The Meaning of Textiles
The textiles people wear can tell us a great deal about them. Particular styles of weaving can be identified to cultural regions, ethnic groups and even individual villages. Certain colours and patterns may be worn only by women, others by men. Some designs and colours may be worn only before marriage, others only afterwards. The young may wear brighter colours than the old. The wearing of more elaborate textiles may indicate increased wealth or advanced social standing. In most communities, including our own, special textiles are worn for important occasions such as weddings and funerals. Some textiles are woven specifically to clothe the dead.
The appearance of exotic textiles within a community may indicate contact with other groups who weave in different ways, or with different materials. Textiles have always been important in trade and tribute and may also form part of ceremonial exchanges or gifts to honoured guests. Sometimes they have even been used as currency items: you can find a roll of cloth money from West Africa in the currency display in the Lower Gallery.
Every handwoven textile has an interesting history. Look at some of the examples on display in the Museum and see how much information they can give you.
The Hausa man's gown
The textile for the Hausa gown from Nigeria (No. 2 in the African section) was woven in balanced plain weave as a single very long narrow strip on a simple treadle loom by a male weaver. The cotton yarn may have been hand spun and most of it was dyed with indigo. After weaving, the strip was cut up and the pieces stitched together to make a wider textile. The gown was made up by a tailor. The embroidery, in commercial yarn, was probably done by a number of male specialists working on different areas of the gown. It might have taken as long as two months to complete. The Hausa people are Muslim and the embroidery designs show Islamic influence. This gown has a popular motif called "eight knives" on the left front (three "knives" are visible). The finished gown was wide, tent-like and very elegant. It was worn with an embroidered cap and very baggy embroidered trousers, though these were almost completely hidden by the gown. Many men in West Africa still wear this costume.
The Navajo woman's dress
The black and red Navajo blanket from the southwestern USA (No. 3 in the American section) dates from the middle of the nineteenth century, when the Navajos still wove clothes for themselves rather than rugs for sale to white people. This "blanket" is actually half of a woman's dress: two such textiles with red borders top and bottom were stitched together at the sides and shoulders and worn with a red warp-patterned belt tied round the waist. The weft-faced woollen textile was woven in tapestry technique by a woman (probably the wearer) on a vertical loom. The black yarn was spun from the fleece of her family's sheep and dyed with indigo imported from Mexico. The red yarn may have been unravelled from imported European woollen cloth, the colour of which was greatly admired by the Navajos. This was before chemical dyes were available. In the 1860s the US government forced the Navajos to live in captivity for four years. During that time many of the women adopted European clothes and the blanket dress was much less used. By the end of the nineteenth century Navajo women had switched from weaving their own clothes to making heavier floor rugs for the European market.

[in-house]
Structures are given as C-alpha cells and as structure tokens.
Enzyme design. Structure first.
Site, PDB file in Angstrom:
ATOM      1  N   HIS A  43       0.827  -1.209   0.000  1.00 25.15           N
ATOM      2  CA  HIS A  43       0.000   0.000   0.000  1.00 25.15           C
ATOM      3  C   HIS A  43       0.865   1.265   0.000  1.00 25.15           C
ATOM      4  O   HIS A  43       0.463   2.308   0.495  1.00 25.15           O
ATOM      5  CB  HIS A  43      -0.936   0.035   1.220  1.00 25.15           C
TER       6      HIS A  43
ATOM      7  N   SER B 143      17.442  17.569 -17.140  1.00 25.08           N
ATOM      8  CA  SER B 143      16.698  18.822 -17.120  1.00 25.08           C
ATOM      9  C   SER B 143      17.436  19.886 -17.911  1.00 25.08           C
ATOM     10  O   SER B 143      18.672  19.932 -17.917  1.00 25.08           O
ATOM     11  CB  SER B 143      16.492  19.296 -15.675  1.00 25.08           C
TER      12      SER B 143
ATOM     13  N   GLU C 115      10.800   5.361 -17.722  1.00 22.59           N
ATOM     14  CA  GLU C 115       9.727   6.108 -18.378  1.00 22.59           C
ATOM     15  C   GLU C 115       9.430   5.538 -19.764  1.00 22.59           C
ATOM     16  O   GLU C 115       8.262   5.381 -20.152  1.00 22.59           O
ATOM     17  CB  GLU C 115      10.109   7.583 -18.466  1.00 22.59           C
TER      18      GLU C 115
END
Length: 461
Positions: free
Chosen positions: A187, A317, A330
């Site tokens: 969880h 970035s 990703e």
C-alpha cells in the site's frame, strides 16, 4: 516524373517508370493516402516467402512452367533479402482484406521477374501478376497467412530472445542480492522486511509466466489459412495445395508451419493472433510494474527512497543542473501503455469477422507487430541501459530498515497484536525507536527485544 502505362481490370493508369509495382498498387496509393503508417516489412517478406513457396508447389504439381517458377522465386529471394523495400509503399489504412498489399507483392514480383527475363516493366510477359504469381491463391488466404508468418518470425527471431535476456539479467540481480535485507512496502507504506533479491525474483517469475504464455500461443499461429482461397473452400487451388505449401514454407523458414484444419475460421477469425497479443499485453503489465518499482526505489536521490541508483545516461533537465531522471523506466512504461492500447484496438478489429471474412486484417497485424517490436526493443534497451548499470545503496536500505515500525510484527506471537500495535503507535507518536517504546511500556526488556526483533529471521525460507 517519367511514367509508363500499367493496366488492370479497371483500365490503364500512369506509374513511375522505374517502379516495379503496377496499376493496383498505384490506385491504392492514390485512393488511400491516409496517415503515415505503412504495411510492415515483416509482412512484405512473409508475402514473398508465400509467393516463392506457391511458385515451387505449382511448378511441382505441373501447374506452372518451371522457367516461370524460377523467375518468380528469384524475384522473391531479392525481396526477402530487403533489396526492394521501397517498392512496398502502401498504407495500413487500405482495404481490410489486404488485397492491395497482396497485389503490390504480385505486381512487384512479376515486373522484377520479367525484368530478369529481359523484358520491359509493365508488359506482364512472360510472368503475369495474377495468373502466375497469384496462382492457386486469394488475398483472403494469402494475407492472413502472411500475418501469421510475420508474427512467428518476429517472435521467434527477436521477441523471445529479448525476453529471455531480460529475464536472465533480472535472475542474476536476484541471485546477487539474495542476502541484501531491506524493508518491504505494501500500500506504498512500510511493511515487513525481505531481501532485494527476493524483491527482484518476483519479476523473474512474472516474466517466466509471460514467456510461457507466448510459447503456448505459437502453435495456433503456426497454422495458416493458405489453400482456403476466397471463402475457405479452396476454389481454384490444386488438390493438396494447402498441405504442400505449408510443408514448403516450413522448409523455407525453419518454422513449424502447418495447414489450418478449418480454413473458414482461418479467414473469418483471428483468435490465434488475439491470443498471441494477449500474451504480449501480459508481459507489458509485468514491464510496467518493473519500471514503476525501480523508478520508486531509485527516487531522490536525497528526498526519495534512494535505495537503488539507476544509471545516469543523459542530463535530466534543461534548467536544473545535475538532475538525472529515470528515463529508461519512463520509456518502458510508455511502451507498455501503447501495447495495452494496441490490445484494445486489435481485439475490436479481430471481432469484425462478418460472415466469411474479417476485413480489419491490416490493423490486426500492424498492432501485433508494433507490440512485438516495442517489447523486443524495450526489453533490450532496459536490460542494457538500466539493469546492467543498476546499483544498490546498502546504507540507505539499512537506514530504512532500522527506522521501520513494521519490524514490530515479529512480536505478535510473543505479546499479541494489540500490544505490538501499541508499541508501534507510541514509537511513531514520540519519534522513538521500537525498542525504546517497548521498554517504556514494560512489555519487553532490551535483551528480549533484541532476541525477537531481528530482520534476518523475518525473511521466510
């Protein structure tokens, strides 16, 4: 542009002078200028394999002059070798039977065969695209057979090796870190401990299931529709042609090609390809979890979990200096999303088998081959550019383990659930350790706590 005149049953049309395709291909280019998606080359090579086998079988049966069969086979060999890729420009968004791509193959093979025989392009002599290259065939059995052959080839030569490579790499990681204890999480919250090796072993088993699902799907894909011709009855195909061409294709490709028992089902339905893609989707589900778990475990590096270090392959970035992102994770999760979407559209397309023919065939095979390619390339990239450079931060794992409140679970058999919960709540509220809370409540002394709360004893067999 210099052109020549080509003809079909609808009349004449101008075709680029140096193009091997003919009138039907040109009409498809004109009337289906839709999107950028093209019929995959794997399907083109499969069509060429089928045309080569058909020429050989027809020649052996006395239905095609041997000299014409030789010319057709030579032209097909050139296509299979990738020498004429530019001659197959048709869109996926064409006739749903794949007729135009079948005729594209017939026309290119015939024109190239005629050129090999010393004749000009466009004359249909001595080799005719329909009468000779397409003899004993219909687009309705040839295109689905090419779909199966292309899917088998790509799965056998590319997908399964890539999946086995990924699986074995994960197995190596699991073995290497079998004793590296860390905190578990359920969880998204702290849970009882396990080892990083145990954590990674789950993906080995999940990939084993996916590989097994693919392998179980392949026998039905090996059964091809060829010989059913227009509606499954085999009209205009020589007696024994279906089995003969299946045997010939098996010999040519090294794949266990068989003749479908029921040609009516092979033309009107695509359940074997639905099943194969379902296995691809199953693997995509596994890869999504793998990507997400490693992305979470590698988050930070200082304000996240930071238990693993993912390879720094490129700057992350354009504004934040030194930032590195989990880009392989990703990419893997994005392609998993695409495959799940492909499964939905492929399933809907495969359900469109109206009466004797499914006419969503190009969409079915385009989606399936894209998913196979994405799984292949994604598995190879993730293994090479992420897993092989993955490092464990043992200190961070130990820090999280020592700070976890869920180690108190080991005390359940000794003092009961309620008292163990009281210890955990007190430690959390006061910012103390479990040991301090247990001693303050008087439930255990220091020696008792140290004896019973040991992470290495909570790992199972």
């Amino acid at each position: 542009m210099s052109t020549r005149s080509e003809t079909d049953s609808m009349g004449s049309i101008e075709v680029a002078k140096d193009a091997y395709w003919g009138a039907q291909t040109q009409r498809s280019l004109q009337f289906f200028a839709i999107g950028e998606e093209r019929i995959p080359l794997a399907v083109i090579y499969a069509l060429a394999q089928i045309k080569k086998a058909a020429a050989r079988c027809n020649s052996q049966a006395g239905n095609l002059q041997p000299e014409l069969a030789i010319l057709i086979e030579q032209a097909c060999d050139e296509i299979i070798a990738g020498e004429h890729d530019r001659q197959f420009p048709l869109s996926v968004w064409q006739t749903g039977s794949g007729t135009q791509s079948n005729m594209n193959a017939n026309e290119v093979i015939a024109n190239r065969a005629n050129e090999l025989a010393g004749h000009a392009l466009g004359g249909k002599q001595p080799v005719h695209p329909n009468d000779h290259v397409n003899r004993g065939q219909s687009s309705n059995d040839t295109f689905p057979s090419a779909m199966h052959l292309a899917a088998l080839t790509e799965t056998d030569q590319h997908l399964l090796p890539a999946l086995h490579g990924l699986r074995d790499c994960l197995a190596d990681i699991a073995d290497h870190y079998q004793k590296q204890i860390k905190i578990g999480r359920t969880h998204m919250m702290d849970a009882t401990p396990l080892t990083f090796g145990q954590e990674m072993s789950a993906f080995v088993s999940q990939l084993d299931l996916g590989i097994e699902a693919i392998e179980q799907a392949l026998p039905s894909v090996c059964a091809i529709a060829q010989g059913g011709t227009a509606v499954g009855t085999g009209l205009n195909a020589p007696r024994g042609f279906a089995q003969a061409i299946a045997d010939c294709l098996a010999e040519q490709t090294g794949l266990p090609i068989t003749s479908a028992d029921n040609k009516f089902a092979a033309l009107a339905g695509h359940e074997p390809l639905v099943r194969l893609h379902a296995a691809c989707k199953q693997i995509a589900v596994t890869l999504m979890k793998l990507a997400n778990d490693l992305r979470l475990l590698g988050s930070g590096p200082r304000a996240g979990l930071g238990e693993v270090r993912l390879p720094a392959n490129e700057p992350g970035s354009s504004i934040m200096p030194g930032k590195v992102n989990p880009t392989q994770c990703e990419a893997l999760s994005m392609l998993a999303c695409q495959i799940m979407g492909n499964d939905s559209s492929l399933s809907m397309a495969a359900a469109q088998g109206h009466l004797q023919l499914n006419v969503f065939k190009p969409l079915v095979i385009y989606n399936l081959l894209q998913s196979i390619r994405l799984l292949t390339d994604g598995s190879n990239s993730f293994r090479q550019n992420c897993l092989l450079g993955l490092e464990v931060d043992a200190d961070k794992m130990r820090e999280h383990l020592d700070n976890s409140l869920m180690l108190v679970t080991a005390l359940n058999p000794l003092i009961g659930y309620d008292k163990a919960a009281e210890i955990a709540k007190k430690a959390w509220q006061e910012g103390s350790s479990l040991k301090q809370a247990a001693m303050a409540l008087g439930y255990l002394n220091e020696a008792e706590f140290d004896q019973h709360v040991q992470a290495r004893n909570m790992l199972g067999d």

The Naga man's cloth
The man's cloth made at Pangti in the Naga Hills of northeastern India (No.3 on the right hand side of the Asian section) was woven by a Liye Lhota Naga woman (probably the wearers wife) in balanced weave on a backstrap loom, using handspun cotton yarn. Most of the yarn is dyed red or black, probably using natural dyes. The cloth, called rakisu, is made up of three separate textiles stitched together. The narrow central band is in nature white cotton, with designs painted on it by a specialist male painter. These designs show that the weaver was a very important man. He had taken heads in raids on other villages (formerly an important Naga ritual), given large public feasts, sacrificed cattle and killed a tiger. He could show his rank by wearing this cloth, worn wrapped around the body with the painted band horizontal.
Finding out more
A handmade textile is rather like a detective story, with all the clues carefully woven into it. To unravel them it helps to know the basic facts about spinning and weaving, but there is still as great deal more that can be learnt. You may now want to go on and read more detailed books about textiles, or books about the people who make them and how they live.
Text written by Linda Mowat